Pregnancy discrimination occurs when an employer treats a worker differently or denies them opportunities because they are expecting a child. Women who require medical accommodations and are visibly pregnant may face discrimination on the job.
Most women would logically assume that their risk for pregnancy discrimination will end with the birth of their child. Sometimes they will experience the lingering consequences of pregnancy discrimination when they want to return to work.
Their employer won’t accommodate them
The medical implications of pregnancy don’t end with birth. For many women, lactation follows. Some women will seek to quickly end their body’s production of breast milk because they don’t intend to breastfeed or pump milk for their child. Others may choose to promote lactation so that they can provide breast milk for their child.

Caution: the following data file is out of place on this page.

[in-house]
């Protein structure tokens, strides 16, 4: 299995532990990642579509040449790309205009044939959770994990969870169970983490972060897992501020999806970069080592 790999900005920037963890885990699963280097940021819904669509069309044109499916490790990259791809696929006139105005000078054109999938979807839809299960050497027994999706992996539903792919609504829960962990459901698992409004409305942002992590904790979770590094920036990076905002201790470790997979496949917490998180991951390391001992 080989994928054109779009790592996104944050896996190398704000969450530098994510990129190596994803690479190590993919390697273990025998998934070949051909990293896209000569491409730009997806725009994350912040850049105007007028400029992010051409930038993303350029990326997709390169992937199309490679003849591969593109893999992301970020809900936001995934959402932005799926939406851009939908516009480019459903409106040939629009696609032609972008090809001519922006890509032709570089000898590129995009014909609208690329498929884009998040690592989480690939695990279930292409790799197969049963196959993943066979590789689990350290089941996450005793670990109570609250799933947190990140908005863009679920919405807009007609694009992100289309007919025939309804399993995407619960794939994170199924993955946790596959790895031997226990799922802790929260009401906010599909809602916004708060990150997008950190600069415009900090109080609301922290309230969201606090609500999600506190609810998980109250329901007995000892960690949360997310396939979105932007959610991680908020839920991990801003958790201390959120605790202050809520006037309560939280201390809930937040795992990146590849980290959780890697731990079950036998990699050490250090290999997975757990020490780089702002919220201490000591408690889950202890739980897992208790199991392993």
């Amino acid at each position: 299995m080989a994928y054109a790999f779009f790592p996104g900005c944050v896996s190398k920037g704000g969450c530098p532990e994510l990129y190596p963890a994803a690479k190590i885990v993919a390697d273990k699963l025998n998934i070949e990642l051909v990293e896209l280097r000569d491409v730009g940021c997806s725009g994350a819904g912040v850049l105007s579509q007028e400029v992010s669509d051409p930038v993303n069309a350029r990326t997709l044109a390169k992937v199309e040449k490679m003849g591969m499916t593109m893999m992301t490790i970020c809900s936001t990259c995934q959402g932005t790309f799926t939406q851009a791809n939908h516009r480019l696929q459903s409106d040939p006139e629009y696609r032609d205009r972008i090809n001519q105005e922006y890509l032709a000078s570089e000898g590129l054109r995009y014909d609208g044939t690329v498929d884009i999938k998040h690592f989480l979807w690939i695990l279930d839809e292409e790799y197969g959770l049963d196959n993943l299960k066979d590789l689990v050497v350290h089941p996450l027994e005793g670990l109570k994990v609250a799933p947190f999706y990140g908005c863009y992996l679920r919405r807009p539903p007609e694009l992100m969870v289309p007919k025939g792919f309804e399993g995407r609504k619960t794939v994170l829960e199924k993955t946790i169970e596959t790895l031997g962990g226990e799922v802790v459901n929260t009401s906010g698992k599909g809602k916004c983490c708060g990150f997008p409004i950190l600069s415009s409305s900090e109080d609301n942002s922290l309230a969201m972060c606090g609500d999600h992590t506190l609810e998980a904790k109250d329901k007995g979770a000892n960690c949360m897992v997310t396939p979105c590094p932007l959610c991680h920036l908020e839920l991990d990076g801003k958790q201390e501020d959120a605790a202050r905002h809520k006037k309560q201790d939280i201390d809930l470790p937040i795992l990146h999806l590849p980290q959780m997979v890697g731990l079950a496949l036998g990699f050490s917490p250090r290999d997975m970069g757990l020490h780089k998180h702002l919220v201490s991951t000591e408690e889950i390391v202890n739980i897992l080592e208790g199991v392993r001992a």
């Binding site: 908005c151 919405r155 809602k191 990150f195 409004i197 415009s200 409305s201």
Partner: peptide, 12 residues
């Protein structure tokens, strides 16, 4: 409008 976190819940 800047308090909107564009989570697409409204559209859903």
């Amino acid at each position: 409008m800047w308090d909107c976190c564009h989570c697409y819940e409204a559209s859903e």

Employers should comply with federal and California state laws by giving workers space and time to pump breast milk. Some companies will refuse to do so and effectively force a woman out of her job for the lingering medical implications of a recent pregnancy.
Their employer intends to punish them for taking leave
Women who have just given birth have the right to take leave under federal and California laws.
Some companies will retaliate against workers who assert these rights, demoting them, changing their shifts, reducing their pay or even firing them just for asserting their basic rights. You may try to go back to work, only to get fired in the first few days back or find yourself dealing with a different schedule or working in a different, lower-paying job.
Fighting back when you face pregnancy discrimination before or after the birth of your child can protect you and other women who might work for the company later.